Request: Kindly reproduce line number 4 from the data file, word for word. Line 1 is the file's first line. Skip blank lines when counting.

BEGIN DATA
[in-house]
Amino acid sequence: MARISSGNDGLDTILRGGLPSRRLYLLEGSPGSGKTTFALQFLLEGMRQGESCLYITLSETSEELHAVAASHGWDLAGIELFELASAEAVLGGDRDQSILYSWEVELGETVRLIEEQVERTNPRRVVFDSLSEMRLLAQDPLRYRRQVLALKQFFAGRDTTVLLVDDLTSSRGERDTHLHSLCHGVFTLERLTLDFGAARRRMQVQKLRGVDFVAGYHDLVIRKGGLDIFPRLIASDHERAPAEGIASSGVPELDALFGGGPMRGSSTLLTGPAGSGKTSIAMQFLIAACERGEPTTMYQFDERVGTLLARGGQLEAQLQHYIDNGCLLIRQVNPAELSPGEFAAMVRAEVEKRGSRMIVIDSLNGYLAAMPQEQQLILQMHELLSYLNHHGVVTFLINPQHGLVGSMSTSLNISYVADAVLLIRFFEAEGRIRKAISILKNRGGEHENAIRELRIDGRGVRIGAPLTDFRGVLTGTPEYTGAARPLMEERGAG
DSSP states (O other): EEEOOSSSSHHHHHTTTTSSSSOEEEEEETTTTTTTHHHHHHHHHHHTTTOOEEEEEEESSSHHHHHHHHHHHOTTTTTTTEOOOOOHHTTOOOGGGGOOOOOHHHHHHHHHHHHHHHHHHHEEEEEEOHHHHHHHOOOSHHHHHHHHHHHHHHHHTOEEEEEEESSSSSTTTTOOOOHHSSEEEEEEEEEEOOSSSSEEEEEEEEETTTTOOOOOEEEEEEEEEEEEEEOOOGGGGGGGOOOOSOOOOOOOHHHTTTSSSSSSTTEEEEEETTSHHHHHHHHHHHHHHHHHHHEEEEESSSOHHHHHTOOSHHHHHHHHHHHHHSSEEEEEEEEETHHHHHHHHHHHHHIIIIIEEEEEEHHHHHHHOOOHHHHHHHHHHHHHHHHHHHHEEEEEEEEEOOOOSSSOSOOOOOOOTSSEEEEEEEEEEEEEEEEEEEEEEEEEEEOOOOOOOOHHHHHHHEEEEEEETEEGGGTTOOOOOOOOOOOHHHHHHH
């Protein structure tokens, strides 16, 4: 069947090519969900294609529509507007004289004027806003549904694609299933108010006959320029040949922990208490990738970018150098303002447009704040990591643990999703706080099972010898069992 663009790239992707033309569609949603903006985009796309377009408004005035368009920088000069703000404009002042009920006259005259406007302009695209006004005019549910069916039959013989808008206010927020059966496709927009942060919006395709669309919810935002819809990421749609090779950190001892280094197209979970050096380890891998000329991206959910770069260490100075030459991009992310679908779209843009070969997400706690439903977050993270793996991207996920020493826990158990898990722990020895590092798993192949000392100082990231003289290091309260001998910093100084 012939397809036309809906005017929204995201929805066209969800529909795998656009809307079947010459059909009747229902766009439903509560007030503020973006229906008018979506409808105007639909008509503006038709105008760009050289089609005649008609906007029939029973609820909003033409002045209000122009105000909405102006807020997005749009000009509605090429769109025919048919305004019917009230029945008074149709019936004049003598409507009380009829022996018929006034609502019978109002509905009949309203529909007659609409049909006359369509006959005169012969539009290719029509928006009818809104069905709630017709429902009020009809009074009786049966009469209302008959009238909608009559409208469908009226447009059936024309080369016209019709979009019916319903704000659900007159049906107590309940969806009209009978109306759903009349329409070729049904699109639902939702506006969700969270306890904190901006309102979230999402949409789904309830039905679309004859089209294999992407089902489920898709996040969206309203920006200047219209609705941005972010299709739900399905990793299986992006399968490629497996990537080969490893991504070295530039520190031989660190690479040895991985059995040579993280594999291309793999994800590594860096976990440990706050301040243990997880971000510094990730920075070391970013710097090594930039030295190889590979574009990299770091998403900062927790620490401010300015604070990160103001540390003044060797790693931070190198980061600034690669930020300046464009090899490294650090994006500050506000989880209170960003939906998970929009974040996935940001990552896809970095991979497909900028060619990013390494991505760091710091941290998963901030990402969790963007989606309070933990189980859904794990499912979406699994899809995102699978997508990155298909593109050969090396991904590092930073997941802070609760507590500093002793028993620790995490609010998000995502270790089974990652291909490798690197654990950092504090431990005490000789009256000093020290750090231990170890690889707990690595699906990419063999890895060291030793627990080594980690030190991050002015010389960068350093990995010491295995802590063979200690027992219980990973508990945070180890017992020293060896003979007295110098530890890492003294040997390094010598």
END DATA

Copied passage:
């Protein structure tokens, strides 16, 4: 069947090519969900294609529509507007004289004027806003549904694609299933108010006959320029040949922990208490990738970018150098303002447009704040990591643990999703706080099972010898069992 663009790239992707033309569609949603903006985009796309377009408004005035368009920088000069703000404009002042009920006259005259406007302009695209006004005019549910069916039959013989808008206010927020059966496709927009942060919006395709669309919810935002819809990421749609090779950190001892280094197209979970050096380890891998000329991206959910770069260490100075030459991009992310679908779209843009070969997400706690439903977050993270793996991207996920020493826990158990898990722990020895590092798993192949000392100082990231003289290091309260001998910093100084 012939397809036309809906005017929204995201929805066209969800529909795998656009809307079947010459059909009747229902766009439903509560007030503020973006229906008018979506409808105007639909008509503006038709105008760009050289089609005649008609906007029939029973609820909003033409002045209000122009105000909405102006807020997005749009000009509605090429769109025919048919305004019917009230029945008074149709019936004049003598409507009380009829022996018929006034609502019978109002509905009949309203529909007659609409049909006359369509006959005169012969539009290719029509928006009818809104069905709630017709429902009020009809009074009786049966009469209302008959009238909608009559409208469908009226447009059936024309080369016209019709979009019916319903704000659900007159049906107590309940969806009209009978109306759903009349329409070729049904699109639902939702506006969700969270306890904190901006309102979230999402949409789904309830039905679309004859089209294999992407089902489920898709996040969206309203920006200047219209609705941005972010299709739900399905990793299986992006399968490629497996990537080969490893991504070295530039520190031989660190690479040895991985059995040579993280594999291309793999994800590594860096976990440990706050301040243990997880971000510094990730920075070391970013710097090594930039030295190889590979574009990299770091998403900062927790620490401010300015604070990160103001540390003044060797790693931070190198980061600034690669930020300046464009090899490294650090994006500050506000989880209170960003939906998970929009974040996935940001990552896809970095991979497909900028060619990013390494991505760091710091941290998963901030990402969790963007989606309070933990189980859904794990499912979406699994899809995102699978997508990155298909593109050969090396991904590092930073997941802070609760507590500093002793028993620790995490609010998000995502270790089974990652291909490798690197654990950092504090431990005490000789009256000093020290750090231990170890690889707990690595699906990419063999890895060291030793627990080594980690030190991050002015010389960068350093990995010491295995802590063979200690027992219980990973508990945070180890017992020293060896003979007295110098530890890492003294040997390094010598």